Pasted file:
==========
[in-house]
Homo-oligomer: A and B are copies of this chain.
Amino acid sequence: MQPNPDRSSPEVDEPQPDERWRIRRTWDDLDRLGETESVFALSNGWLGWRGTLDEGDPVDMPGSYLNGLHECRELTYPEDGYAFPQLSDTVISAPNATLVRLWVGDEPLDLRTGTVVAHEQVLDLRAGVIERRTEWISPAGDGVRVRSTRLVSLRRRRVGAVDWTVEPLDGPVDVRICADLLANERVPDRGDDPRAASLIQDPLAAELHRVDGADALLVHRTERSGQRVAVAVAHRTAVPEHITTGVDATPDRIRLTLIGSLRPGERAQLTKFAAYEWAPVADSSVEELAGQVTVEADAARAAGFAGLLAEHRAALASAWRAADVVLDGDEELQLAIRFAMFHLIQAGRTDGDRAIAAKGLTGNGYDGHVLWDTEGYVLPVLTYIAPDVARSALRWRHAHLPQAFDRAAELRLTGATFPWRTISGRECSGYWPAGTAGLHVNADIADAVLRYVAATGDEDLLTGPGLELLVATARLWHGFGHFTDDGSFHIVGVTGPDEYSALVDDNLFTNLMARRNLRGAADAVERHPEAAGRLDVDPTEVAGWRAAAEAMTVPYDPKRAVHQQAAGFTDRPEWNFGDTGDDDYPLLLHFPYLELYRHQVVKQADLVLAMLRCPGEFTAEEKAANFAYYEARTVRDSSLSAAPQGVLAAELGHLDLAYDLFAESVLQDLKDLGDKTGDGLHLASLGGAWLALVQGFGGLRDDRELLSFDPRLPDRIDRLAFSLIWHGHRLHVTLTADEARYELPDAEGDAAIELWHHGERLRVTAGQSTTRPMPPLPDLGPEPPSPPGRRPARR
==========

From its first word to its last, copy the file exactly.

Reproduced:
[in-house]
Homo-oligomer: A and B are copies of this chain.
Amino acid sequence: MQPNPDRSSPEVDEPQPDERWRIRRTWDDLDRLGETESVFALSNGWLGWRGTLDEGDPVDMPGSYLNGLHECRELTYPEDGYAFPQLSDTVISAPNATLVRLWVGDEPLDLRTGTVVAHEQVLDLRAGVIERRTEWISPAGDGVRVRSTRLVSLRRRRVGAVDWTVEPLDGPVDVRICADLLANERVPDRGDDPRAASLIQDPLAAELHRVDGADALLVHRTERSGQRVAVAVAHRTAVPEHITTGVDATPDRIRLTLIGSLRPGERAQLTKFAAYEWAPVADSSVEELAGQVTVEADAARAAGFAGLLAEHRAALASAWRAADVVLDGDEELQLAIRFAMFHLIQAGRTDGDRAIAAKGLTGNGYDGHVLWDTEGYVLPVLTYIAPDVARSALRWRHAHLPQAFDRAAELRLTGATFPWRTISGRECSGYWPAGTAGLHVNADIADAVLRYVAATGDEDLLTGPGLELLVATARLWHGFGHFTDDGSFHIVGVTGPDEYSALVDDNLFTNLMARRNLRGAADAVERHPEAAGRLDVDPTEVAGWRAAAEAMTVPYDPKRAVHQQAAGFTDRPEWNFGDTGDDDYPLLLHFPYLELYRHQVVKQADLVLAMLRCPGEFTAEEKAANFAYYEARTVRDSSLSAAPQGVLAAELGHLDLAYDLFAESVLQDLKDLGDKTGDGLHLASLGGAWLALVQGFGGLRDDRELLSFDPRLPDRIDRLAFSLIWHGHRLHVTLTADEARYELPDAEGDAAIELWHHGERLRVTAGQSTTRPMPPLPDLGPEPPSPPGRRPARR